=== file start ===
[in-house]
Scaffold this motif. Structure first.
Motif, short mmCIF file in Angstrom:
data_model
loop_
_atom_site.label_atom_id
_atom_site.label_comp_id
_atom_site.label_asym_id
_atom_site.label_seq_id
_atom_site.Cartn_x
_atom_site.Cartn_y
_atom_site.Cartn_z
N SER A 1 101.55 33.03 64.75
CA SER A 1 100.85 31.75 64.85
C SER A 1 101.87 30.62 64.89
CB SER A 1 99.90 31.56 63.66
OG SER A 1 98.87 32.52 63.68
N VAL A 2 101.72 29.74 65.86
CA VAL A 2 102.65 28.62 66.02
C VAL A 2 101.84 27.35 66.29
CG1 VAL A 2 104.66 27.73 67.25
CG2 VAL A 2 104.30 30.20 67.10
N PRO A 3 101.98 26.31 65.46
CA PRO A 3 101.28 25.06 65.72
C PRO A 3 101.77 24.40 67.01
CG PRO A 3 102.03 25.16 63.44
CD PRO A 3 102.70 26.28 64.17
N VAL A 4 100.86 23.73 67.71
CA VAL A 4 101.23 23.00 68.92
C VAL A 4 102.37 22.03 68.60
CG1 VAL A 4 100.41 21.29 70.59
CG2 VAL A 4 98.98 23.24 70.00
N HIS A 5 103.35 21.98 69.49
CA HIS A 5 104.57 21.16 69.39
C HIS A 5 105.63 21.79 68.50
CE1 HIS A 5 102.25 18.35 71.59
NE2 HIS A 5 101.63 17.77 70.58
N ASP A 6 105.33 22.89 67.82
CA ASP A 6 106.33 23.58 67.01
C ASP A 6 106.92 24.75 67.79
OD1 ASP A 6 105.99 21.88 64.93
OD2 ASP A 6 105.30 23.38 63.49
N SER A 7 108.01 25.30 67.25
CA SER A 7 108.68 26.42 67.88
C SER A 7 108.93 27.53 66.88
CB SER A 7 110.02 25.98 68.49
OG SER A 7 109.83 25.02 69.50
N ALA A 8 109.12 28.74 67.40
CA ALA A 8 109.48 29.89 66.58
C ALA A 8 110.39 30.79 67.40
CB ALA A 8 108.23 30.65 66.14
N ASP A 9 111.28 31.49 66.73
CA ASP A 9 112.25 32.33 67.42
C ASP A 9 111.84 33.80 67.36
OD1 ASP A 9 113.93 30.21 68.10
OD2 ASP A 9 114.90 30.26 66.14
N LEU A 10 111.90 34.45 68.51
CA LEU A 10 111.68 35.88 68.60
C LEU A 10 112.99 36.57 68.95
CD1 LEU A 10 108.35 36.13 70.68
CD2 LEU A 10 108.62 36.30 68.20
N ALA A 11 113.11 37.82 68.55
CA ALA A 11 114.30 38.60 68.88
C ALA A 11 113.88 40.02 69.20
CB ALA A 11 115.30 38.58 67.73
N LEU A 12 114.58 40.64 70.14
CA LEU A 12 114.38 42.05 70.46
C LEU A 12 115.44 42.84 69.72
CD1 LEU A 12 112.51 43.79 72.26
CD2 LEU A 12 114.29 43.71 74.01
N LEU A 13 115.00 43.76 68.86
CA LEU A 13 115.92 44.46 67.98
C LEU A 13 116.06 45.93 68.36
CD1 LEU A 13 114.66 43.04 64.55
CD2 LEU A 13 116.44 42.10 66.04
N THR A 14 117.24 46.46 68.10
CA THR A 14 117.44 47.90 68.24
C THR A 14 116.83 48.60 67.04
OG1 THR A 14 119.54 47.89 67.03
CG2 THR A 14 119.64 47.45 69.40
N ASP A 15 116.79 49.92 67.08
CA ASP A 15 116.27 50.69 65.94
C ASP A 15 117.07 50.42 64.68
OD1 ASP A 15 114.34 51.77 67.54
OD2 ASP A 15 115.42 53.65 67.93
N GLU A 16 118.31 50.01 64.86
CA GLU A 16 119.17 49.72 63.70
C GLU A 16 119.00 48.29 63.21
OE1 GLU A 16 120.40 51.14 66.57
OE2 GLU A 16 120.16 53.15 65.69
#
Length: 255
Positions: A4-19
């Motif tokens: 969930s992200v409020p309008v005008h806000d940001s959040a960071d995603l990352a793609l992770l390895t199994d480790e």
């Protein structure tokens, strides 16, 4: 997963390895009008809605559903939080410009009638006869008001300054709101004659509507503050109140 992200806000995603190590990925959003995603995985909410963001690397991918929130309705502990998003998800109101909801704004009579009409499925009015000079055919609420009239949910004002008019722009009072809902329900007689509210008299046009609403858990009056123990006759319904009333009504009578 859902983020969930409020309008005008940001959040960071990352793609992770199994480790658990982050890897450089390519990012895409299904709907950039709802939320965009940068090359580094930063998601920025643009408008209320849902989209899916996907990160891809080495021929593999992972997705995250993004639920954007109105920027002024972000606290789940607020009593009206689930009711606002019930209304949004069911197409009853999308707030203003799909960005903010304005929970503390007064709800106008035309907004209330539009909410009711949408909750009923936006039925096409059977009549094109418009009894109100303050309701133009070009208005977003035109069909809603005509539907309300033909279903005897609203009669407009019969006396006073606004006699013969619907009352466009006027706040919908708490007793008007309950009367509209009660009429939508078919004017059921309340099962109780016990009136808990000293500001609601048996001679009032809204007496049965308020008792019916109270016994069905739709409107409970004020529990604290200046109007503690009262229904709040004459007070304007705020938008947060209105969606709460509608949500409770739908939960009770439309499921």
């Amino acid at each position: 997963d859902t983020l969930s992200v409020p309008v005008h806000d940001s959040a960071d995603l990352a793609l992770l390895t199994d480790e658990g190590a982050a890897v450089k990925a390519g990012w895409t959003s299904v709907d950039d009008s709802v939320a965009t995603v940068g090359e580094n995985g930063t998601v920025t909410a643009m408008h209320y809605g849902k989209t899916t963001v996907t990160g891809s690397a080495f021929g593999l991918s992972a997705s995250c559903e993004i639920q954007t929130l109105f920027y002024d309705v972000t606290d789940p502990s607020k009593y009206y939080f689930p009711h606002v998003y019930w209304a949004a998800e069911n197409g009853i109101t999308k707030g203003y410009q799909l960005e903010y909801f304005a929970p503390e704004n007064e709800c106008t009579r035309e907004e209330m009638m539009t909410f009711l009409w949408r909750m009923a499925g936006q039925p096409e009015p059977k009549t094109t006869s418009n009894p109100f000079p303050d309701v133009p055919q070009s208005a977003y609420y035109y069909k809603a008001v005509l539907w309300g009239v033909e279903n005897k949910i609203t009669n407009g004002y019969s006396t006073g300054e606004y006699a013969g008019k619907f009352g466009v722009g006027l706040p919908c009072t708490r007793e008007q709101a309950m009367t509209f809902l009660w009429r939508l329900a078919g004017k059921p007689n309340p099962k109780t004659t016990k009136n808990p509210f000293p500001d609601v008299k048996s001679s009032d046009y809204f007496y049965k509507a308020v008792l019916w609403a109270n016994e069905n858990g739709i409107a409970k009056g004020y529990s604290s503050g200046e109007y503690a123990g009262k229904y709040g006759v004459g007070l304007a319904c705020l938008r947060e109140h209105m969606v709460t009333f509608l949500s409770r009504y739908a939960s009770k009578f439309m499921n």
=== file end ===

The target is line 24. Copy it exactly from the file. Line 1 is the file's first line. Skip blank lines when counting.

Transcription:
CA PRO A 3 101.28 25.06 65.72